Here are the best MTG War of the Spark Standard decks so far

Climb to Mythic in Arena or rock the FNM scene with these powerful new decks.

MTG War of the Spark Ajani, top Standard decks
Image via Wizards of the Coast Magic: The Gathering

The War of the Spark expansion is living up to its hype, giving power to archetypes like Selesnya while strengthening existing Standard decks like Mono-Red Aggro.

From instants and sorceries to planeswalkers and God-Eternals, the metagame in MTG Standard will never be the same. With so many options for each archetype, we’re seeing a variety of emerging tier-one decks. In addition, previously rated tier-two and three decks are seeing a huge burst towards the top.

The War of the Spark Standard decks highlighted here have been chosen due to dominant play during recent MCQ events, Grand Prix tournaments, MPL Weekly matches, MTG Arena mythic play, and SCG Opens.

Mono-Red Aggro

For those who were dreaming that War of the Spark would decrease the power levels of Mono-Red Aggro, keep day-dreaming—because it’s just as strong, if not stronger, than before.

With the additions of planeswalkers Chandra, Fire Artisan, and Tibalt, Rakish Instigator, Burn has the additional weapons it needs to rebuke control decks while dominating in power. Esper builds, however, remain a thorn in Mono-Red Aggro’s schemes.

The foundation of Mono-Red Aggro, with the exception of Chandra, hasn’t changed much. With all the new additions in other archetypes, however, this could prove to be a problem for Burn players in the coming months.

Mono-Red Aggro foundation:

  • 4 Fanatical Firebrand
  • 4 Ghitu Lavarunner
  • 4 Runaway Steam-Kin
  • 4 Viashino Pyromancer
  • 4 Goblin Chainwhirler
  • 4 Chandra, Fire Artisan
  • 4 Light Up the Stage
  • 4 Lightning Strike
  • 4 Shock
  • 2 Skewer the Critics
  • 2 Wizard’s Lightning

G/W Explore Proliferate

While Selesnya token and G/W midrange have improved slightly from War of the Spark, G/W Explore Proliferate has exploded on the scene. The core of this deck revolves around the original “explore theme” with the addition of crucial cards like Evolution Sage, Haulti’s Raptor, Law-Rune Enforcer, and Ajani, the Greathearted.

Cindedervines and Gideon Blackblade are also two new cards every player should keep in their sideboard. For removal, Prison Realm works well and keeps the tempo going with its scry ability, along with Kraul Harpooner for those pesky flyers. But don’t sleep on Ixalan’s Binding and Growth Chamber Guardian as a possible main deck or sideboard options.

G/W Explore Proliferate foundation

  • 2 Law-Rune Enforcer
  • 3 Evolution Sage
  • 4 Huatli’s Raptor
  • 4 Jadelight Ranger
  • 4 Llanowar Elves
  • 4 Merfolk Branchwalker
  • 4 Pelt Collector
  • 4 Wildgrowth Walker
  • 1 Ajani, Adversary of Tyrants
  • 3 Ajani, the Greathearted
  • 2 Unbreakable Formation
  • 2 Prison Realm

Bant Midrange

Two War of the Spark planeswalkers, Vivian, Champion of the Wilds and Teferi, Time Raveler, have changed Bant Midrange for the better. Add in God-Eternal Oketra to the existing Growth-Chamber Guardian and Hydroid Krasis, and Bant Midrange has the potential for tier-one status.

It might not remain one of the strongest Standard decks, but for now, it’s holding its own against previously dominant archetypes. The only deck which might prove better than Bant Midrange is Esper Midrange. Both are on equal footing, though, despite being strategically different.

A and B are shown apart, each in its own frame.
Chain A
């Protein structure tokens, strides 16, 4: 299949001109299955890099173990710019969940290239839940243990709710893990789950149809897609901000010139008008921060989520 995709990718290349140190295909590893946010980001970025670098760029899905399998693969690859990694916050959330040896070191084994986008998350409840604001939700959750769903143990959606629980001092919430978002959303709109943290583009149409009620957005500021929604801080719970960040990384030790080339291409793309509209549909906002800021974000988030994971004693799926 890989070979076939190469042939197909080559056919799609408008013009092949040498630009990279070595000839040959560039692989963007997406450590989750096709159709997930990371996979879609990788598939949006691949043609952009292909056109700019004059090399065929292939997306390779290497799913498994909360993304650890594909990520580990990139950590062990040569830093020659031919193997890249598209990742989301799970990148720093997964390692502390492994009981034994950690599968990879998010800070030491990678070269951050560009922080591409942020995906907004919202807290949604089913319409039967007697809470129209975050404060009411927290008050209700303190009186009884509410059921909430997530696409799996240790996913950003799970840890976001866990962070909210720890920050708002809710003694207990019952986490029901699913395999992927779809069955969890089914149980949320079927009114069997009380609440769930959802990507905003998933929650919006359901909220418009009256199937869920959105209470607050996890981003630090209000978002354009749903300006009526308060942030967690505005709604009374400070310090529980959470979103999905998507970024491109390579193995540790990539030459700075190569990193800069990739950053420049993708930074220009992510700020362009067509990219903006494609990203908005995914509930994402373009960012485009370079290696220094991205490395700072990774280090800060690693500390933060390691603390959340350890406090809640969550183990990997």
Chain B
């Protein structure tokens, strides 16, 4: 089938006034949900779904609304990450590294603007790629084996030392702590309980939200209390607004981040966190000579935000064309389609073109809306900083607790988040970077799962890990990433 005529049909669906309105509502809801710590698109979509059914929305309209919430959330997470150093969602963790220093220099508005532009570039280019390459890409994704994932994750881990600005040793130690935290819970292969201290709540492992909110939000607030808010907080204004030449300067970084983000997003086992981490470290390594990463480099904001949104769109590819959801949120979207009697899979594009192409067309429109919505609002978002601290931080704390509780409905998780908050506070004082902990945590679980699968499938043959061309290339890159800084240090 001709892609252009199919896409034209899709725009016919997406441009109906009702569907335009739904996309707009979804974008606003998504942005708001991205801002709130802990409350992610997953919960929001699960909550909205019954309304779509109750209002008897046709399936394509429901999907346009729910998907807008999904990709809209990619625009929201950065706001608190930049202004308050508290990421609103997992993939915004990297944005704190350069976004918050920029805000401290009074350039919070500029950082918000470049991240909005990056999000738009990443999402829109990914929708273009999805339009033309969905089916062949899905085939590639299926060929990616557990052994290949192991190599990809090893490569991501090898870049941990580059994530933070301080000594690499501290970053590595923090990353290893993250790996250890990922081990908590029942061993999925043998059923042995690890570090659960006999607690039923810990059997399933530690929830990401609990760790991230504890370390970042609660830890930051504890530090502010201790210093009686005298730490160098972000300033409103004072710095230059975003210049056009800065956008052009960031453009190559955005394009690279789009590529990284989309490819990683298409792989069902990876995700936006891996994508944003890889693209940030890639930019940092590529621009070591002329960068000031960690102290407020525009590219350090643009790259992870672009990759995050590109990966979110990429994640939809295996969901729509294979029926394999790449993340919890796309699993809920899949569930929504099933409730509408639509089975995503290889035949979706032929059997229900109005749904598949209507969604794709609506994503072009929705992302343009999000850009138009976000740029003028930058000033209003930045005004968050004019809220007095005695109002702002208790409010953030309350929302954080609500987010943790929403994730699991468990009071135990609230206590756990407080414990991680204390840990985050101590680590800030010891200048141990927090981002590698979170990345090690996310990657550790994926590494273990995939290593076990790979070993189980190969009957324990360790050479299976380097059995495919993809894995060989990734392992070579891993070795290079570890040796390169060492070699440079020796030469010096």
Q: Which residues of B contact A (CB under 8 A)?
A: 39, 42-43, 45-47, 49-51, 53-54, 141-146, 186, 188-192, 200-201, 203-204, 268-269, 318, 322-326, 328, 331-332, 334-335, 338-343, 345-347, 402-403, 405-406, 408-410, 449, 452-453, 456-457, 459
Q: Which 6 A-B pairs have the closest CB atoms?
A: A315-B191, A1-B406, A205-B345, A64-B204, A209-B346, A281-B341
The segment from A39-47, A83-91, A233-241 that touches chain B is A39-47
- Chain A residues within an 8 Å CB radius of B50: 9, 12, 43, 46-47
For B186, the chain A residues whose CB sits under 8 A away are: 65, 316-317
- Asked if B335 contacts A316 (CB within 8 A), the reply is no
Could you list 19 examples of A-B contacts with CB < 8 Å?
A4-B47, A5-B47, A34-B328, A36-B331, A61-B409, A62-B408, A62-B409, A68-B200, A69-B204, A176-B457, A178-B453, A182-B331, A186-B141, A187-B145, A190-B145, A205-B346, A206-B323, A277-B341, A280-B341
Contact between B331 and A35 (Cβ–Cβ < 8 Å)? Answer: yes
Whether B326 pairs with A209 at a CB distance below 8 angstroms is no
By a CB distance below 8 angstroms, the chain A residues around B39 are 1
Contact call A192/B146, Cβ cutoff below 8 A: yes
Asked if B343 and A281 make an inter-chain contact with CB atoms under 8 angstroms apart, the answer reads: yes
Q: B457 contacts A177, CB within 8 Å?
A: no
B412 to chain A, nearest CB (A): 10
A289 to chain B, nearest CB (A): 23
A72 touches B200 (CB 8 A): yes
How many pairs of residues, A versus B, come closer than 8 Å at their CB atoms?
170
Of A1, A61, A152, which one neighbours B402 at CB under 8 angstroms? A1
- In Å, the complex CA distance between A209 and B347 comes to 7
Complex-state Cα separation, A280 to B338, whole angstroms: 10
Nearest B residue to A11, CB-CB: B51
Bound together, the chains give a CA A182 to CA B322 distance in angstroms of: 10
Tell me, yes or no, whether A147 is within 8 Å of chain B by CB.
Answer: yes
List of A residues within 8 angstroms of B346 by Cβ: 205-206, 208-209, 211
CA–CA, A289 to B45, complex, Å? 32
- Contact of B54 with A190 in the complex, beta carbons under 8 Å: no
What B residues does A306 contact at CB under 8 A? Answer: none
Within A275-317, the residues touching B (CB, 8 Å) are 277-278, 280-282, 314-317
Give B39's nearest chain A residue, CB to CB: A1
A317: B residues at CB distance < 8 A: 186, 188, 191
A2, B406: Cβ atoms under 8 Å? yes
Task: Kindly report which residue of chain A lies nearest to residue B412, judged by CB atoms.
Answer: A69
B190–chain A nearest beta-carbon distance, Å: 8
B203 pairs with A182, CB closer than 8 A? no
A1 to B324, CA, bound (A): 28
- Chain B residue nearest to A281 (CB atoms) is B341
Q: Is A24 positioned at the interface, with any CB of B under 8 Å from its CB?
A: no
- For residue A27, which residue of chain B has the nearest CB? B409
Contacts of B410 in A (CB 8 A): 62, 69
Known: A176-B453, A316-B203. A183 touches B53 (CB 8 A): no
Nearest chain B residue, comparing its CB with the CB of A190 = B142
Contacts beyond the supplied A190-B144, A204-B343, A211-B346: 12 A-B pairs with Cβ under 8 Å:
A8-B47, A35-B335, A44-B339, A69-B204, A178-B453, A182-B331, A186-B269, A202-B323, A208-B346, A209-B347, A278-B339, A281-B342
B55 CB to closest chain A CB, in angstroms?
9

Bant Midrange foundation

  • 2 Deputy of Detention
  • 4 Frilled Mystic
  • 3 God-Eternal Oketra
  • 4 Growth-Chamber Guardian
  • 4 Hydroid Krasis
  • 4 Incubation Druid
  • 2 Knight of Autumn
  • 4 Llanowar Elves
  • 2 Shalai, Voice of Plenty
  • 3 Teferi, Time Raveler
  • 4 Vivien, Champion of the Wilds

Esper Midrange

Planeswalkers from War of the Spark have strengthened Esper Midrange, especially with the additions of Liliana, Dreadhorde General, Sorin, Vengeful Bloodlord, and Teferi, Time Raveler.

In removal, Enter the God-Eternals keeps the board at bay while Despark and Thought Erasure remove threats before hitting the battlefield. And if something does slip through, there’s always Hostage Taker.

Esper Midrange foundation:

  • 4 Hero of Precinct One
  • 3 Hostage Taker
  • 4 Thief of Sanity
  • 2 Despark
  • 2 Dovin’s Veto
  • 2 Enter the God-Eternals
  • 4 Thought Erasure
  • 4 Mortify
  • 2 Liliana, Dreadhorde General
  • 1 Sorin, Vengeful Bloodlord
  • 3 Teferi, Hero of Dominaria
  • 3 Teferi, Time Raveler

Dimir Control

Introduced via Grzegorz Kowalski in week one of MPL Weekly, Dimir Control is back in the top Standard decks. Much of this is thanks to War of the Spark additions like Narset, Parter of Veils, Liliana, Dreadhorde General, Ugin, the Ineffable, and God-Eternal Kefnet.

Thought Erasure remains one of the foundations of Dimir Control, especially against God-Eternal cards, while Enter the God-Eternals provides new removal, life-gain, and amass. Augur of Bolas is also another nice addition, providing creature status on the battlefield while searching for instant and sorcery cards.

Another version of Dimir Control uses Pteramander as the main board creature as opposed to Hostage Taker. The Ptermander Dimir additionally uses Saheeli, Sublime Artificer and Ugin while bumping Liliana and Narset.

Dimir Control foundation:

  • 3 Narset, Parter of Veils
  • 2 Liliana, Dreadhorde General
  • 1 Ugin, the Ineffable
  • 2 Augur of Bolas
  • 2 God-Eternal Kefnet
  • 4 Thought Erasure
  • 2 Cry of the Carnarium
  • 3 Enter the God-Eternals
  • 4 Opt
  • 2 Cast Down
  • 2 Negate
  • 2 Tyrant’s Scorn
  • 3 Vraska’s Contempt
  • 1 Chemister’s Insight
  • 2 Search for Azcanta